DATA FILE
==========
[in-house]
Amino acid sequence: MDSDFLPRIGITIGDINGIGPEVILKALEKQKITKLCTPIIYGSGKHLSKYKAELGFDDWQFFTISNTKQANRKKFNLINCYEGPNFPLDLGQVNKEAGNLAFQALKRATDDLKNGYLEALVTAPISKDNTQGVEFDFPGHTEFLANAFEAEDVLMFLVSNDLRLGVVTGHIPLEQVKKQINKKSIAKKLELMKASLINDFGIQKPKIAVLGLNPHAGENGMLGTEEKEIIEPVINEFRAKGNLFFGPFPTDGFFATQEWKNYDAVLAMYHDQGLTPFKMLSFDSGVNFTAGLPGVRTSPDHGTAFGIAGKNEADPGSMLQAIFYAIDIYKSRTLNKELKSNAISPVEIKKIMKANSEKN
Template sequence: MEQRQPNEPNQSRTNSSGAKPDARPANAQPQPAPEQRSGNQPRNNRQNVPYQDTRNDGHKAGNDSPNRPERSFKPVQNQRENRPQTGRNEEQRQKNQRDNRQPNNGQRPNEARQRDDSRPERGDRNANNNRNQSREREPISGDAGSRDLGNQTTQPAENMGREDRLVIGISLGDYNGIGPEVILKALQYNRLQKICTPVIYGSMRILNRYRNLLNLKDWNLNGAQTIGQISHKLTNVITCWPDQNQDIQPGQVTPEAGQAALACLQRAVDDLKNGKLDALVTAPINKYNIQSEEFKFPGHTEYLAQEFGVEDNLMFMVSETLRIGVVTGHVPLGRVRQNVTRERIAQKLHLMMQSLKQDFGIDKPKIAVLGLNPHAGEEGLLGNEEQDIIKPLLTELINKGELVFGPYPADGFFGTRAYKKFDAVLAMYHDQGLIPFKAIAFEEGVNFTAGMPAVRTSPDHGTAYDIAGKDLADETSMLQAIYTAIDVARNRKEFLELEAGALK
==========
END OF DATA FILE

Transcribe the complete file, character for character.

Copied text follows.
[in-house]
Amino acid sequence: MDSDFLPRIGITIGDINGIGPEVILKALEKQKITKLCTPIIYGSGKHLSKYKAELGFDDWQFFTISNTKQANRKKFNLINCYEGPNFPLDLGQVNKEAGNLAFQALKRATDDLKNGYLEALVTAPISKDNTQGVEFDFPGHTEFLANAFEAEDVLMFLVSNDLRLGVVTGHIPLEQVKKQINKKSIAKKLELMKASLINDFGIQKPKIAVLGLNPHAGENGMLGTEEKEIIEPVINEFRAKGNLFFGPFPTDGFFATQEWKNYDAVLAMYHDQGLTPFKMLSFDSGVNFTAGLPGVRTSPDHGTAFGIAGKNEADPGSMLQAIFYAIDIYKSRTLNKELKSNAISPVEIKKIMKANSEKN
Template sequence: MEQRQPNEPNQSRTNSSGAKPDARPANAQPQPAPEQRSGNQPRNNRQNVPYQDTRNDGHKAGNDSPNRPERSFKPVQNQRENRPQTGRNEEQRQKNQRDNRQPNNGQRPNEARQRDDSRPERGDRNANNNRNQSREREPISGDAGSRDLGNQTTQPAENMGREDRLVIGISLGDYNGIGPEVILKALQYNRLQKICTPVIYGSMRILNRYRNLLNLKDWNLNGAQTIGQISHKLTNVITCWPDQNQDIQPGQVTPEAGQAALACLQRAVDDLKNGKLDALVTAPINKYNIQSEEFKFPGHTEYLAQEFGVEDNLMFMVSETLRIGVVTGHVPLGRVRQNVTRERIAQKLHLMMQSLKQDFGIDKPKIAVLGLNPHAGEEGLLGNEEQDIIKPLLTELINKGELVFGPYPADGFFGTRAYKKFDAVLAMYHDQGLIPFKAIAFEEGVNFTAGMPAVRTSPDHGTAYDIAGKDLADETSMLQAIYTAIDVARNRKEFLELEAGALK